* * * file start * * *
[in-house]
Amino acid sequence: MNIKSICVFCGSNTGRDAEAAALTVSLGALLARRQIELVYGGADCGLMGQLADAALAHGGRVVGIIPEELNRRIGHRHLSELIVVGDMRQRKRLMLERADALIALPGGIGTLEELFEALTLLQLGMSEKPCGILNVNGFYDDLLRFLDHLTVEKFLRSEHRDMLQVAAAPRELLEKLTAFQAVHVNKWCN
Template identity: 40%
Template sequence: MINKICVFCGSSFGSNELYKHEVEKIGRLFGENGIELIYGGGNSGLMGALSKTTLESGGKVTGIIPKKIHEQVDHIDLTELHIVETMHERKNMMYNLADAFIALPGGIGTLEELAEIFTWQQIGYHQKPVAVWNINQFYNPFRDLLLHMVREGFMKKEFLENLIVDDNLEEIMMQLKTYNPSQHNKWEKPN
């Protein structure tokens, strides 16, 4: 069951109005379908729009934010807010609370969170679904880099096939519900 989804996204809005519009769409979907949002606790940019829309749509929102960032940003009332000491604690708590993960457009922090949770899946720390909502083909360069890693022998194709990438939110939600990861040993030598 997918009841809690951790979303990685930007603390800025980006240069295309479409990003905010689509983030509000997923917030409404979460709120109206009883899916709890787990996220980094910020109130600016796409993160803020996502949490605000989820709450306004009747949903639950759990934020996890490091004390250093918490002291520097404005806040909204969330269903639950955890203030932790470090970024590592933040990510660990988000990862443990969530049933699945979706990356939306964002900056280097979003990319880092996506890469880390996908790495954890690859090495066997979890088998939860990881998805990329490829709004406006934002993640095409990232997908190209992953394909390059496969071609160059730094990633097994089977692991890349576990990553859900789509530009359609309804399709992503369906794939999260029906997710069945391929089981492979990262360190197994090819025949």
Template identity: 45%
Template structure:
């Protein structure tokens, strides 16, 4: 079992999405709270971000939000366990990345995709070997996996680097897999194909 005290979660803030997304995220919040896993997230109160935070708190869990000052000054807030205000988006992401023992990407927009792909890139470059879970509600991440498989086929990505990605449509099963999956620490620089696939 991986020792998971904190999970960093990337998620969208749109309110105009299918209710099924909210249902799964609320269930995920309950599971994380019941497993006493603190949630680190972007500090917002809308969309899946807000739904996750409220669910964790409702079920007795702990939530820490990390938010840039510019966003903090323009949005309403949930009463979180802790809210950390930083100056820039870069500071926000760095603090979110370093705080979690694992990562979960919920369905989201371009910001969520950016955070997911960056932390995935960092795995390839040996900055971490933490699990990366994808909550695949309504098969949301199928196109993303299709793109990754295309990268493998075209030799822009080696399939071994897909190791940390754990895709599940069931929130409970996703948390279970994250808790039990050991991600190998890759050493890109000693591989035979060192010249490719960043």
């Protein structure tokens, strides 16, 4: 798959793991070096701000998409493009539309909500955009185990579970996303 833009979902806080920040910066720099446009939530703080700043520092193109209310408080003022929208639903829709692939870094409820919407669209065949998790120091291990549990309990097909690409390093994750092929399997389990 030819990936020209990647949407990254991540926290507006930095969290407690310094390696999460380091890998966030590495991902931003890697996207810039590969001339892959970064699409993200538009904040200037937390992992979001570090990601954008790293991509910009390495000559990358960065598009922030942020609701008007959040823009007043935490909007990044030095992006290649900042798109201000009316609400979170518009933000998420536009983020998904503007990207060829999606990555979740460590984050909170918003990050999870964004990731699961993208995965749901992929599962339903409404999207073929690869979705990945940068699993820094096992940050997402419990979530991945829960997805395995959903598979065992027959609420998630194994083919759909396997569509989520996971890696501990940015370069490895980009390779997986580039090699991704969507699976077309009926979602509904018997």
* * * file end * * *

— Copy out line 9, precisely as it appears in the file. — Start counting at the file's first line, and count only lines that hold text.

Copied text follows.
């Protein structure tokens, strides 16, 4: 798959793991070096701000998409493009539309909500955009185990579970996303 833009979902806080920040910066720099446009939530703080700043520092193109209310408080003022929208639903829709692939870094409820919407669209065949998790120091291990549990309990097909690409390093994750092929399997389990 030819990936020209990647949407990254991540926290507006930095969290407690310094390696999460380091890998966030590495991902931003890697996207810039590969001339892959970064699409993200538009904040200037937390992992979001570090990601954008790293991509910009390495000559990358960065598009922030942020609701008007959040823009007043935490909007990044030095992006290649900042798109201000009316609400979170518009933000998420536009983020998904503007990207060829999606990555979740460590984050909170918003990050999870964004990731699961993208995965749901992929599962339903409404999207073929690869979705990945940068699993820094096992940050997402419990979530991945829960997805395995959903598979065992027959609420998630194994083919759909396997569509989520996971890696501990940015370069490895980009390779997986580039090699991704969507699976077309009926979602509904018997």